What do females of other species teach us?that we outlive males; that we participate in the enterprise of living (hunt, gather, forage, protect, and kill); that we occasionally dominate; that in less than 10 percent of non-human species does the mother devote herself to the care and feeding of her young; that we can be sexually dimorphic. Also, by some estimates, only 3 percent of mammals (females and males) are faithful to their mates. Why do we seek partners? Hales suggests, because it has some evolutionary advantage to diversify (get the sperm to compete, males less likely to kill an infant he thinks is his?) She never suggests that it might be because one of the parties is forced into it. It is also not clear what the fact that the "female praying mantis emulsifies the male during copulation" has to do with 21st century femaleness, except that Hales says other species behavior is relevant and revealing.
Hales then looks at the bond we have with other females of other species, different from males of the species: "What is that link? We are eggmakers." (This is news?) What else did we get from other females of the species? We are finicky. Our coveted eggs make us the courted sex, and males must win our favor. Our eggs our incredible, by the way250,00 times bigger than male sperm. Here she refutes the notion of the princess egg as hostage to the conniving sperm and puts forth that chemical signals (pheromones) from the egg may set the fertilization process in motion. In an experiment at the University of New Mexico female volunteers preferred the smell of T-shirts worn by the most symmetrical men (but they only preferred them during ovulation). The olfactory signals supposedly relay vital information about a suitors suitability. Fascinating, isnt it, as one tries to raise wages for women.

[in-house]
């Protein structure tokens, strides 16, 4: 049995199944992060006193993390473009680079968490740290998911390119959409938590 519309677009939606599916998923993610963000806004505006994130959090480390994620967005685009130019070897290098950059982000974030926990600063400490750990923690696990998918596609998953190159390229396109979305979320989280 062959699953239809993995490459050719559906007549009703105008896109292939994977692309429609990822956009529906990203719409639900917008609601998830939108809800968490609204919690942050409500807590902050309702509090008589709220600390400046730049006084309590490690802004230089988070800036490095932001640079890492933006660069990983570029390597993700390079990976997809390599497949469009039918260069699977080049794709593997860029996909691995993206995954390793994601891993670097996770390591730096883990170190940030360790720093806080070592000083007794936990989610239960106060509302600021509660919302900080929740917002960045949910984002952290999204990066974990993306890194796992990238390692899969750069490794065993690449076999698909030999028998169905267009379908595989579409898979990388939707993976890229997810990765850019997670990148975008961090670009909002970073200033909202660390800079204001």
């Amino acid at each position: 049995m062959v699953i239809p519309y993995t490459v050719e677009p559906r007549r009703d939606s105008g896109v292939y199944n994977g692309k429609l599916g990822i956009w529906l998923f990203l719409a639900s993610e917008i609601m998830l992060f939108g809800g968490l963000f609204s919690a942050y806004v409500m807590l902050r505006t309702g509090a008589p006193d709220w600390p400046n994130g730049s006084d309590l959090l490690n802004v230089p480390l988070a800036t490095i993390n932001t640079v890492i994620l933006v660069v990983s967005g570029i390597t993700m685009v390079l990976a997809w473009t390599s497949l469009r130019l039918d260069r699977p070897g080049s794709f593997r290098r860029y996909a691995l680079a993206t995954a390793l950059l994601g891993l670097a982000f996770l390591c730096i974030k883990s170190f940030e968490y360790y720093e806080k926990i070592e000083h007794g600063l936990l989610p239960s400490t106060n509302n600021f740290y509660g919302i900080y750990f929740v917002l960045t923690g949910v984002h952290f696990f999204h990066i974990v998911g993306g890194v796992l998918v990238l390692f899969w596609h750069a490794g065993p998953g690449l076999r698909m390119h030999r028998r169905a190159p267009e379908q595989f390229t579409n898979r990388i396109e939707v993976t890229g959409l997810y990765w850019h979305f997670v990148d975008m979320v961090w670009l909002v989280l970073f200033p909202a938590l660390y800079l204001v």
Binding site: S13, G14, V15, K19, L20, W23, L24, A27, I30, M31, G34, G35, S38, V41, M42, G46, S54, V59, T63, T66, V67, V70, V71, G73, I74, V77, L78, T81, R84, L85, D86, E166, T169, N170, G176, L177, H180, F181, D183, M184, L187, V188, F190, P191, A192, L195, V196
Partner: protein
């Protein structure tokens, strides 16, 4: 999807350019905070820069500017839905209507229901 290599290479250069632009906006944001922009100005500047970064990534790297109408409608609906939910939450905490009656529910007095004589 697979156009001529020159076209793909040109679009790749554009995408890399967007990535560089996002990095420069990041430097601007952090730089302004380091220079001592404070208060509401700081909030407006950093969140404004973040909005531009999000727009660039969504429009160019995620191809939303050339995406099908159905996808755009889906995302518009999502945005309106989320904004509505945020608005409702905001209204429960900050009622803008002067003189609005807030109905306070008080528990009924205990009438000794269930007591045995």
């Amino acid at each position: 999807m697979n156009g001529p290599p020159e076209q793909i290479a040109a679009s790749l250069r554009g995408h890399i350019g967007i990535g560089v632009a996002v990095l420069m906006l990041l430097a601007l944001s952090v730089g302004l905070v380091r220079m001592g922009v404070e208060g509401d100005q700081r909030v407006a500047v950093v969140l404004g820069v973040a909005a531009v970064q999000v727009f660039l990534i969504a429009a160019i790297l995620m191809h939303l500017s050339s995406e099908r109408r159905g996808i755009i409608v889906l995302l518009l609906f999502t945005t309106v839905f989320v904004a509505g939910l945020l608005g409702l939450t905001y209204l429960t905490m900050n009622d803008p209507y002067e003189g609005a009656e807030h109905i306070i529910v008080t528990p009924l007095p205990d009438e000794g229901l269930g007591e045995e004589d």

The above information is by way of refuting nonsense about how the female, by failing to compete, has evolved into inferiority. Hales says we do compete, but in a female way, and gives the example of the elephant seals that compete with each other for breeding spots on the shoreline. Female elephant seals also generate feuding for their favor among males. Hales remarkably translates this for us into behavior in the corporate jungle: brute force versus subtle jockeying. "It sounds just like my office," says an executive friend of mine. If a man wants somethingyour territory, your responsibilities, even your jobhell come straight at you with all hes got. The women dont. They go around your back and sabotage you, and thats even harder to deal with." Hmm, gender differences in capitalist competition explained by elephant seal behavior during breedinghow enlightening.